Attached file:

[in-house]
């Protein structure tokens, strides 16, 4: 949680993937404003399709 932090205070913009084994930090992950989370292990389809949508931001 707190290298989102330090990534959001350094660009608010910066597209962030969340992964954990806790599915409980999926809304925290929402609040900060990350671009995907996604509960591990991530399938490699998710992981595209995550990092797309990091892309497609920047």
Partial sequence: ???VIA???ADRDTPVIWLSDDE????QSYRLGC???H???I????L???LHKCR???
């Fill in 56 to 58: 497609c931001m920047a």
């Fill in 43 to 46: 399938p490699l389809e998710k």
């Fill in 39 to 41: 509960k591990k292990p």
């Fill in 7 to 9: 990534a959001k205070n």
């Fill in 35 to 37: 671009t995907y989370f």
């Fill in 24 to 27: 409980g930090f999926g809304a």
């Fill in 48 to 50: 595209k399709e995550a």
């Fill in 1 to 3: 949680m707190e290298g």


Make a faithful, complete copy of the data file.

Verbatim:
[in-house]
């Protein structure tokens, strides 16, 4: 949680993937404003399709 932090205070913009084994930090992950989370292990389809949508931001 707190290298989102330090990534959001350094660009608010910066597209962030969340992964954990806790599915409980999926809304925290929402609040900060990350671009995907996604509960591990991530399938490699998710992981595209995550990092797309990091892309497609920047």
Partial sequence: ???VIA???ADRDTPVIWLSDDE????QSYRLGC???H???I????L???LHKCR???
């Fill in 56 to 58: 497609c931001m920047a």
């Fill in 43 to 46: 399938p490699l389809e998710k």
């Fill in 39 to 41: 509960k591990k292990p």
């Fill in 7 to 9: 990534a959001k205070n």
């Fill in 35 to 37: 671009t995907y989370f």
């Fill in 24 to 27: 409980g930090f999926g809304a």
């Fill in 48 to 50: 595209k399709e995550a």
């Fill in 1 to 3: 949680m707190e290298g």